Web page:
Adam Gartenberg's Blog

Business Analytics and Optimization, IBM and Social Marketing

Inside Baseball

Today's marketing thought of the day comes courtesy of our 4-year-old, Noah, who's request at dinner the other night was:  Salad, but no lettuce, with bangos and white (not dark) caesar dressing.  He wanted to make sure the pasta we were having would not have squiggles in it, and he asked if we had any bread dogs to go with it.

Got that?

Of course, when he made this request, my wife and I understood him perfectly.  Had he said this to anyone else, I'm guessing he would have been faced with some really puzzled looks.

Just like parents and their children, any common community of interest will have its own jargon.  It can serve as a shorthand to help "insiders" communicate easier, and in fact a lot of it likely developed on its own over time as people start using acronyms, abbreviated terms, or just a common lexicon for things that they don't need to explain to each other.  

But it does a lot more than just save a couple of words here or there.  It helps create a feeling of inclusion for the community's insiders, that they're part of something.  Just like a secret handshake, it allows people to self-identify with the others with common background and interests.  Take today's subject line; I'm guessing that some of you are perfectly familiar with the reference, while many of you (especially those outside of the US) aren't.

But jargon can go both ways.  If there's too much, or if it's too hard to figure out what things mean, it can make your community seem too clique-ish.  The key is keeping the barrier to entry low enough that someone new to the community can come up to speed without too much trouble.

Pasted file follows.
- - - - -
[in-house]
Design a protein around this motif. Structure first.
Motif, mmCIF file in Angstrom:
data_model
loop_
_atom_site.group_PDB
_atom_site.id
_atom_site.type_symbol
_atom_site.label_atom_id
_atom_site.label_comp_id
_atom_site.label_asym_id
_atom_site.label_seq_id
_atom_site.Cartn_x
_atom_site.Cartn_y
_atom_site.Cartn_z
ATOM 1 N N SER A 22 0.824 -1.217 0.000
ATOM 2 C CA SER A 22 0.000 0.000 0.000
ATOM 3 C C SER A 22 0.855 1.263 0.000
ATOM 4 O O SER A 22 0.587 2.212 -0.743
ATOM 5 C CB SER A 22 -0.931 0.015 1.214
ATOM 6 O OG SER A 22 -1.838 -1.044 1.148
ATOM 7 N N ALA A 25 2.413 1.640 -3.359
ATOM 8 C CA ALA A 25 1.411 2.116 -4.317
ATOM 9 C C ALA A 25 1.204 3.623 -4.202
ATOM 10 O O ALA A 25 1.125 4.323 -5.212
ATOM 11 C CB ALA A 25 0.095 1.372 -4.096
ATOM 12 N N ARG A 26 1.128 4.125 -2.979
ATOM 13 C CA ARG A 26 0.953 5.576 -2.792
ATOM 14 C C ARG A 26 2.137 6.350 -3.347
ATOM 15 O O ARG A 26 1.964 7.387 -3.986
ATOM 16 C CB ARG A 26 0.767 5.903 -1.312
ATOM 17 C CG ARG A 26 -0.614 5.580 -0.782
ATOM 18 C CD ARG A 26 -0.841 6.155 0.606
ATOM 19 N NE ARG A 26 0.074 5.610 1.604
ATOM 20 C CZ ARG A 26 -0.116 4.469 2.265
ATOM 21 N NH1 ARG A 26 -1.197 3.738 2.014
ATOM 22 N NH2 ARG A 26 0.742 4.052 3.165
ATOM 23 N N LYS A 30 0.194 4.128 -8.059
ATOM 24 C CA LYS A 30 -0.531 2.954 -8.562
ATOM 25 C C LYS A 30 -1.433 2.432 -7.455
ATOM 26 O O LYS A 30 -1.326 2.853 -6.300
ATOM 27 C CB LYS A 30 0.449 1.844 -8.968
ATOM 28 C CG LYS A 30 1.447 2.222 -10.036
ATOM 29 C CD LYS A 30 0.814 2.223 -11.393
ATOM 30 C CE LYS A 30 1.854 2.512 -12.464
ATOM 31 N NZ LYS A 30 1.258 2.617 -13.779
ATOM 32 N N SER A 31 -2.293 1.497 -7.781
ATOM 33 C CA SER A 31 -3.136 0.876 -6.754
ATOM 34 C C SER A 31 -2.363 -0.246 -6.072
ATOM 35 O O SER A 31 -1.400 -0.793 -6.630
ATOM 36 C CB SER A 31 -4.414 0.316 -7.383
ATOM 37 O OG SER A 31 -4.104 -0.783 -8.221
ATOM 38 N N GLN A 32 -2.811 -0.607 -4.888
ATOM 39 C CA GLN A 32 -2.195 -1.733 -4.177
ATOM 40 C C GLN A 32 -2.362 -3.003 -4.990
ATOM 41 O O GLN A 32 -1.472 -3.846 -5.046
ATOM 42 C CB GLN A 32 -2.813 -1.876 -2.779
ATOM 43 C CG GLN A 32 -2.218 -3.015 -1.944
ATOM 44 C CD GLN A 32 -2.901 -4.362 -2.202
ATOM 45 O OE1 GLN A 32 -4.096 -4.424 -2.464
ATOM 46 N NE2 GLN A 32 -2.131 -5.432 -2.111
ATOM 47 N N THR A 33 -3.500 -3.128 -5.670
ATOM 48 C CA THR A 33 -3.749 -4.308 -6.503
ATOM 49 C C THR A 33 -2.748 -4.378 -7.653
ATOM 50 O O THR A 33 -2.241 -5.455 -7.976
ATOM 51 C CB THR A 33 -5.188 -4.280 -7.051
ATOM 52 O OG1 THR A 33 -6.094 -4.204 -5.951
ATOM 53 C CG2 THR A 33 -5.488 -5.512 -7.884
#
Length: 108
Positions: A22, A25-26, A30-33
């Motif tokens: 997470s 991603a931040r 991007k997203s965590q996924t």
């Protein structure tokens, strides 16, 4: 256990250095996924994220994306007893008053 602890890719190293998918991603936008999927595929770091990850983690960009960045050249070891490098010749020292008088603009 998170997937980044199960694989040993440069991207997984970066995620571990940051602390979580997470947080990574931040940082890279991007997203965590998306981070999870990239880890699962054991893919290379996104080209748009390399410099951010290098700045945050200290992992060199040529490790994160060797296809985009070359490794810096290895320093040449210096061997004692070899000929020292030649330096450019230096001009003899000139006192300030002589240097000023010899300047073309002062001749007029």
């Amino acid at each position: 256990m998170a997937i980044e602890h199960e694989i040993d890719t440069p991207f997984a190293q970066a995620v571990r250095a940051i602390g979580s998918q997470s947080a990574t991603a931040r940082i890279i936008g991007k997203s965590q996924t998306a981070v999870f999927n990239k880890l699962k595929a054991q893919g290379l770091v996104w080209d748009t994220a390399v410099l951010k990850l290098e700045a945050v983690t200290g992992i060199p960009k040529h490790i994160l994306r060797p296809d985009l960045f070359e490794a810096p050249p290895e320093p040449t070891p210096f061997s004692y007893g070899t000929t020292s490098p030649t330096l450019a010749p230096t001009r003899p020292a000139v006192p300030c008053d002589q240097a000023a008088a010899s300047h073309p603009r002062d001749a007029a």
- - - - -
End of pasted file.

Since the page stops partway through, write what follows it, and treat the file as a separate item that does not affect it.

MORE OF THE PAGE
What are the marketing implications?
 Don't be afraid to use and promote your product or industry's inside terms, as it will help you establish a sense of community.  but also make sure you are making it easy enough for outsiders to come in.  Maybe you need a "start here" post in your user forum (you do have a forum, right?) that explains common abbreviations, acronyms and terms.  And keep an eye out for signs that people are having trouble breaking in when they want to.

Oh - and as for Noah's dinner requests?  "Salad, but not lettuce" meant he wanted only leafy lettuce, not crunchy romaine with the spines.  "Bangos" (which also go by "mangos") are how he interpreted Bacos, which he recently discovered.  Somehow, all salad dressing has become variants of "caesar" dressing to Noah.  White caesar is actual caesar dressing, while dark caesar would be italian vinaigrette.  While Noah loves broccoli and other green vegetables, of late he's started complaining at finding any herbs, bits of spinach, or anything else green in his pasta.  And - for reasons even we still don't understand - he calls those little flecks of green "squiggles."  Bread dogs gave us all a laugh when he came out with the term the other night.  We were having some leftover Olive Garden breadsticks and out of the blue he asked "can I have another bread dog, please?"  You've got to admit it, the term fits perfectly!



    Richard Schwartz | Website: | 10/12/2009 10:59:31 AM GMT

    Maybe "squiggles" comes from "sprinkles", because those little flecks look kind of like the candy topping for ice cream? Unless of course you call those "jimmies" in your house ;-)

    Adam Gartenberg | Website: | 10/14/2009 12:27:19 PM GMT

    We do call them sprinkles, not jimmies, and while it's a good suggestion, real sprinkles are "sprinkles" in his book. This may just be a case of Noah's self-assured (and unique) naming methodologies. Back when he was in his Thomas the Tank Engine phase, he would name the trains and their tenders individually as, for example "Gordon" and "more Gordon" or "Henry" and "More Henry." Similarly, he named his two baby dolls "One Baby" and "More Baby," (although, ironically, More Baby was the first one he received).

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